With construction well underway on schools throughout HISD, a few are beginning to put the finishing touches on their buildings—including installation of furniture that will bring 21st century learning to life.
Under the bond program, a total of 40 schools are currently being built or renovated with flexible and innovative learning spaces. Inside of each building, flexible furniture will be included in the learning spaces to move beyond the traditional classroom of four walls, white board, and fixed desks and chairs.
“This is really going to be different from what we’ve ever done before because it is 21st century furniture,” said Dan Bankhead, HISD’s general manager of Facilities Design. “The furniture is fairly different from what was seen in schools before. In the early planning for the bond, our research showed that if you have a different type of furniture, you can impact the learning program.”
Selecting the right furniture for every campus began at the start of the design process, in which Project Advisory Teams made up of principals, community members, students and parents worked closely with architects to give input on what would be best suited for their campus.
Colorful soft seating, swivel chairs, tablet compartments, and collaborative desks are just a few examples of flexible furniture chosen to support the needs of each campus.
“The influence behind picking the furniture was to think about the 21st century, and a lot has gone into how furniture improves the learning process,” said Marnique Thompson, HISD’s manager of Furniture, Fixture, and Equipment. “Instead of teaching in front of the room continuously, instructors will now have the ability to move around the room while they are giving instruction. And while they’re moving, the students have the ability to move around as well.”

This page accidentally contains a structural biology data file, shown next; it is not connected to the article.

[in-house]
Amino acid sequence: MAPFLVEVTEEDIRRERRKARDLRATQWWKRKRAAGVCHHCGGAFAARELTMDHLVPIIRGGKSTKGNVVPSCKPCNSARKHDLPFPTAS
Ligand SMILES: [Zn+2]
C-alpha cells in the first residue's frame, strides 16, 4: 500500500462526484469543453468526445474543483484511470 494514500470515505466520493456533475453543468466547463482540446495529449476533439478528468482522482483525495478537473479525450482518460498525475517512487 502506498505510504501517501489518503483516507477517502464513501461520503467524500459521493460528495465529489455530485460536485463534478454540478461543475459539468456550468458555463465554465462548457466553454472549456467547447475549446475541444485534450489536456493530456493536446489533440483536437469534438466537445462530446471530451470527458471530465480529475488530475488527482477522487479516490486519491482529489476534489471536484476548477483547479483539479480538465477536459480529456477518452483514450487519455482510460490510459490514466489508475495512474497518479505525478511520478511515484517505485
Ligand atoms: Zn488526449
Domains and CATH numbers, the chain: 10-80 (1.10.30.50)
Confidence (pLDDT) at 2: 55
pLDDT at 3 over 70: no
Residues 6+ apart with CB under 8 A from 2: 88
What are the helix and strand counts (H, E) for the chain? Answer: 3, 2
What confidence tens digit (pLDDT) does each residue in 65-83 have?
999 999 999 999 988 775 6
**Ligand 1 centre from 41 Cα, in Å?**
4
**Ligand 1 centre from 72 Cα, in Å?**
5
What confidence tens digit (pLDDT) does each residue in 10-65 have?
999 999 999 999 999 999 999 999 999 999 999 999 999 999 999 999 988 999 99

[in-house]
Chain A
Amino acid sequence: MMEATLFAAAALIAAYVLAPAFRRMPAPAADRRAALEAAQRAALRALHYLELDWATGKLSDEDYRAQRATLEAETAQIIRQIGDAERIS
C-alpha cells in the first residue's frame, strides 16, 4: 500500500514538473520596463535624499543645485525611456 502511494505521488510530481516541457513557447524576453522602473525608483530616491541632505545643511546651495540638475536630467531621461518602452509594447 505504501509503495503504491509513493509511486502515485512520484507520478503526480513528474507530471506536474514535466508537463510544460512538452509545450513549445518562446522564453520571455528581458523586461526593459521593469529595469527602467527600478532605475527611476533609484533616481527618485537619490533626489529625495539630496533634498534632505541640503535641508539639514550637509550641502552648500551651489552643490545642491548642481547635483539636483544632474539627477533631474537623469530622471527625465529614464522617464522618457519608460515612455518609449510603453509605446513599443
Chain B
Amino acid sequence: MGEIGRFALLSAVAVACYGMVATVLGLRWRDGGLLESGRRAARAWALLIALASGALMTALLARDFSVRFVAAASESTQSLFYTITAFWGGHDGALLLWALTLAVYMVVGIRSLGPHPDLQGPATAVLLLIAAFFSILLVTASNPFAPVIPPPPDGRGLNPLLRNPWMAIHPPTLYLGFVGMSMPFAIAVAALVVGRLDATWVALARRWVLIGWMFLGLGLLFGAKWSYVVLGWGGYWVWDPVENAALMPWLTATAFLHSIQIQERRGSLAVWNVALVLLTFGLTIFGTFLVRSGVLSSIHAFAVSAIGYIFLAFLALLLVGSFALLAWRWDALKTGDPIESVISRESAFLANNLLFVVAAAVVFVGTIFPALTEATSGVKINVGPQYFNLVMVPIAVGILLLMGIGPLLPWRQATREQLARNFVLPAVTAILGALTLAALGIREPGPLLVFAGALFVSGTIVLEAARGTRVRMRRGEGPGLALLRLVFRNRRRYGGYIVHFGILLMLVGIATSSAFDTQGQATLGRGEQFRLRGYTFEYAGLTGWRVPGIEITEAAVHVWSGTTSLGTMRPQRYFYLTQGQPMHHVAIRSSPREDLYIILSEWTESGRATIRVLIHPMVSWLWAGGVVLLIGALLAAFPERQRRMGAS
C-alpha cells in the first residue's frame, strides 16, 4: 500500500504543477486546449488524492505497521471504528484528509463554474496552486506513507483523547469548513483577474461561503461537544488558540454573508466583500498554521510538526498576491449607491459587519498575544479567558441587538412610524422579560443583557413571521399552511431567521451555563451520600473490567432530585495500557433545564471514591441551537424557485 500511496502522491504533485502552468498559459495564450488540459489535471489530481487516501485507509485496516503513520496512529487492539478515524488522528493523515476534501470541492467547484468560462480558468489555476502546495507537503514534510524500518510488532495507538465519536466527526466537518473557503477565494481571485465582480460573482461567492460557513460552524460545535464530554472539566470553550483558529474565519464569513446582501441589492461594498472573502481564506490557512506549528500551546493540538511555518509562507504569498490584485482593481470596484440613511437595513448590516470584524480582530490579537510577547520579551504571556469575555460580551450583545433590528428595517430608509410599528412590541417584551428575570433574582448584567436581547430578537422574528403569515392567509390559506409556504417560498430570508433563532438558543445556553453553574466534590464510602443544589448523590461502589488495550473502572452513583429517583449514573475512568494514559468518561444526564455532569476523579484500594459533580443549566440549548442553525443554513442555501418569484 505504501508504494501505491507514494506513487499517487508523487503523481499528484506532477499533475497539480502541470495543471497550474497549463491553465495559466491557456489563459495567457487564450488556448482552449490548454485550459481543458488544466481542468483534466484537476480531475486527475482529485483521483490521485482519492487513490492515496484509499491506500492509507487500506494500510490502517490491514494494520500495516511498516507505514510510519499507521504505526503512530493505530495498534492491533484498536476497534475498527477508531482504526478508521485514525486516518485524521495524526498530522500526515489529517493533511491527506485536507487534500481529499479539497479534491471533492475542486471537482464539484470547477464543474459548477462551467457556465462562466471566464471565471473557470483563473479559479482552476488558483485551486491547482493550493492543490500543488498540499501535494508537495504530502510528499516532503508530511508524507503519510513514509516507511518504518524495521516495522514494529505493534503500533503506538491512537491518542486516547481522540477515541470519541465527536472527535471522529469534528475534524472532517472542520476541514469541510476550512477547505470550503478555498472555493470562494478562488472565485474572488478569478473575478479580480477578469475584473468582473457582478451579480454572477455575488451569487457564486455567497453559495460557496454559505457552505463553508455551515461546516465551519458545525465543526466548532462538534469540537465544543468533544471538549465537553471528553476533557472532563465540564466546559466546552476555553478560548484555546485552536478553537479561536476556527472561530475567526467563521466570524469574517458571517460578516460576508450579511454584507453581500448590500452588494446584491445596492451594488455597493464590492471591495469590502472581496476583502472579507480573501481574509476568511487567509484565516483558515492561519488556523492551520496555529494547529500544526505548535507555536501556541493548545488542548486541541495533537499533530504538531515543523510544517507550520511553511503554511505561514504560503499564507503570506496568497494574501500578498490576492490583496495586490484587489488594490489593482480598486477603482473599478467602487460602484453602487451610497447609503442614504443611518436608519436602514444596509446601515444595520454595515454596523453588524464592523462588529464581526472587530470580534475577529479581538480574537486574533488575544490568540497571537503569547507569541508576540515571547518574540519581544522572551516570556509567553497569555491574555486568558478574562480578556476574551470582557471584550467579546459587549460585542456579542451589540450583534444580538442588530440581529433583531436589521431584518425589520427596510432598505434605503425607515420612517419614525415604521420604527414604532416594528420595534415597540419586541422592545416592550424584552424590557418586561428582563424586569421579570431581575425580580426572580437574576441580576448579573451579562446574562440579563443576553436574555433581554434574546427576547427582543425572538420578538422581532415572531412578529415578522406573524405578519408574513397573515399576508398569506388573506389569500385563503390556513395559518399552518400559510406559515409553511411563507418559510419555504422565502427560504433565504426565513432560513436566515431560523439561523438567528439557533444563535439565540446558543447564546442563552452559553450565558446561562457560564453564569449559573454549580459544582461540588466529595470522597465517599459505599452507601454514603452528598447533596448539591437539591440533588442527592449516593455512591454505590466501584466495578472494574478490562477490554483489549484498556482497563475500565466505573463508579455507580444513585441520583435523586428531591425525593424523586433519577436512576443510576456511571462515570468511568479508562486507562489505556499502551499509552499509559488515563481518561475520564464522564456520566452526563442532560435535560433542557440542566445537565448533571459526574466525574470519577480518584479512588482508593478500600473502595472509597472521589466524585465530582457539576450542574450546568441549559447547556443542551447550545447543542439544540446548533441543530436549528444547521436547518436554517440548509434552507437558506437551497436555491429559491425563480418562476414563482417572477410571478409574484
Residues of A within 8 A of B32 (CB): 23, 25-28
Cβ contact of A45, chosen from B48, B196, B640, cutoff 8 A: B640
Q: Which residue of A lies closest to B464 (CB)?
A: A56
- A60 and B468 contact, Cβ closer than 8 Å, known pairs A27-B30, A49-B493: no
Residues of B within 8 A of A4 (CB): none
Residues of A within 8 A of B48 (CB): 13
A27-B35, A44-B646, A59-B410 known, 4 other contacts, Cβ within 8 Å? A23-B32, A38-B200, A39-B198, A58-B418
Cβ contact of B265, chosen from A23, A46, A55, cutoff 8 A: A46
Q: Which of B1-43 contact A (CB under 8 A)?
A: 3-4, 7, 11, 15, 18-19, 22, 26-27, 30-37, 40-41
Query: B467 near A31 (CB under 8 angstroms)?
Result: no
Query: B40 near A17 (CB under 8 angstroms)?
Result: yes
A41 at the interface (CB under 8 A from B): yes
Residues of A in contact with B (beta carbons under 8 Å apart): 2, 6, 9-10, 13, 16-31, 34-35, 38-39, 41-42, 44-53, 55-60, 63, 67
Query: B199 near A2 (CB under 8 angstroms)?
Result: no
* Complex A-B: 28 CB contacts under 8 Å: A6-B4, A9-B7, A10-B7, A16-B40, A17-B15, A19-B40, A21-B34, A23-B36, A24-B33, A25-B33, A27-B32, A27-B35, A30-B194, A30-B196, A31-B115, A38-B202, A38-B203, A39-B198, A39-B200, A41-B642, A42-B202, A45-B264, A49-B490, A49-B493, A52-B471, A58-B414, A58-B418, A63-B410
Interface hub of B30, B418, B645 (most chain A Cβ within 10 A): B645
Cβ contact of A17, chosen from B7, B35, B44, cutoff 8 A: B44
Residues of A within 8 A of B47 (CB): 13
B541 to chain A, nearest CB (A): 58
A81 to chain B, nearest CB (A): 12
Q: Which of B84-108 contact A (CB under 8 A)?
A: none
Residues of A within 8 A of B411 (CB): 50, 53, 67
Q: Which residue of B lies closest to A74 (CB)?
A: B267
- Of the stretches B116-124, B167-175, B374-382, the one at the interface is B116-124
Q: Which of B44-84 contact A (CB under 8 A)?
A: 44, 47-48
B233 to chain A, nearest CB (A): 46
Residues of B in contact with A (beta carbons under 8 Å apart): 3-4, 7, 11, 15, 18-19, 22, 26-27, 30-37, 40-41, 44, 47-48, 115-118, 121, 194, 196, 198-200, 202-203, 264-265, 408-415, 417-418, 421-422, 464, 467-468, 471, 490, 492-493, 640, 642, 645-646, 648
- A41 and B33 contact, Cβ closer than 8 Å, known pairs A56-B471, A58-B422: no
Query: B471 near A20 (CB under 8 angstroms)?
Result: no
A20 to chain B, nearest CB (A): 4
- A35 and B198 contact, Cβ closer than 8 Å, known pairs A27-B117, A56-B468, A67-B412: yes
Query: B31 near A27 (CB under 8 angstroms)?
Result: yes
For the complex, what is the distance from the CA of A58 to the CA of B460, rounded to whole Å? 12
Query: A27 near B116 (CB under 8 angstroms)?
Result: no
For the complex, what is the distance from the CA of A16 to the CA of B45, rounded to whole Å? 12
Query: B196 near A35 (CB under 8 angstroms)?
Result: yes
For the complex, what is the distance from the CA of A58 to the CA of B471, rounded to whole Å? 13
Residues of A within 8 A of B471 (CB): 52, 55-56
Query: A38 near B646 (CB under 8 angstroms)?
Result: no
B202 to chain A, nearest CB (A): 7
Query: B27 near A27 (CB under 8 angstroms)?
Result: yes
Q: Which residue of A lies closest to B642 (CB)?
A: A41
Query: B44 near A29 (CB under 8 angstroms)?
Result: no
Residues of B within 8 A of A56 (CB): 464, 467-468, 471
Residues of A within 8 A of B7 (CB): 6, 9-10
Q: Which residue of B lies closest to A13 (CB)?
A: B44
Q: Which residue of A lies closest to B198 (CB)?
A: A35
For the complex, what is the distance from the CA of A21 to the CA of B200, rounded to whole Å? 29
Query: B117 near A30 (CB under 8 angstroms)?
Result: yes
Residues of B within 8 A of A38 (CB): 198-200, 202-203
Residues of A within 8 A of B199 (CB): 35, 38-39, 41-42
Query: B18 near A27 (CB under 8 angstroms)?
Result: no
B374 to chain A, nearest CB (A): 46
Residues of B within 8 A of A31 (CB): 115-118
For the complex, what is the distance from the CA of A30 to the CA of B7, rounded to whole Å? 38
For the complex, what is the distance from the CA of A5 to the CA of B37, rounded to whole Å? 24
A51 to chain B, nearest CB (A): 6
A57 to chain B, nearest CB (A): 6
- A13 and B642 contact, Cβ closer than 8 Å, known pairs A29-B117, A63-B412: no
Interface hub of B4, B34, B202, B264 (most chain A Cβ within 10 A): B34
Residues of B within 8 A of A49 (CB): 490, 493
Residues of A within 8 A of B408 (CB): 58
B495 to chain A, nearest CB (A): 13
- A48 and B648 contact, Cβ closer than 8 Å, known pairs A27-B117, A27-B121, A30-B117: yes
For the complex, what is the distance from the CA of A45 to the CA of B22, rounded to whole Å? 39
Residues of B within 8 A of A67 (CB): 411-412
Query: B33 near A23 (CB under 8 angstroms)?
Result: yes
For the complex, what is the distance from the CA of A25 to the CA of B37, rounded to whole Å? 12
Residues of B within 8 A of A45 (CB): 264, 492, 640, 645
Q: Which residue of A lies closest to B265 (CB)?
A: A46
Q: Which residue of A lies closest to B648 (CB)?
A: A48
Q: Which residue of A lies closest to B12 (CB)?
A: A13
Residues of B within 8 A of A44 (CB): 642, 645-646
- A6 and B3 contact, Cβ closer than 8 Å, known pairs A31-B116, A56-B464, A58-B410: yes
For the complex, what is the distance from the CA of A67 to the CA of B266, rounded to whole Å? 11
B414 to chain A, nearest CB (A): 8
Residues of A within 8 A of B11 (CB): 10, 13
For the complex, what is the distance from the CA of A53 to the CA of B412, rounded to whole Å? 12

At Grady Middle School, the campus will incorporate moveable furniture set for collaborative learning. With the addition, student capacity at the school will increase from 580 to 850.
“The teacher desks and cabinet are on rollers so that they can be moved to accommodate the learning,” said Grady Principal Gretchen Kasper-Hoffman. “We have many open spaces where students can work on individual and small group projects [and] furniture was chosen to fit into those spaces. We focused more on the open spaces of the building for natural light and different learning spaces.”
Grady currently is slated to open its new two-story addition at the end of January and has a target move-in of first quarter 2016. North Houston Early College High School will follow and is set for completion in the second quarter of 2016 and to be ready for students for the 2016-2017 school year.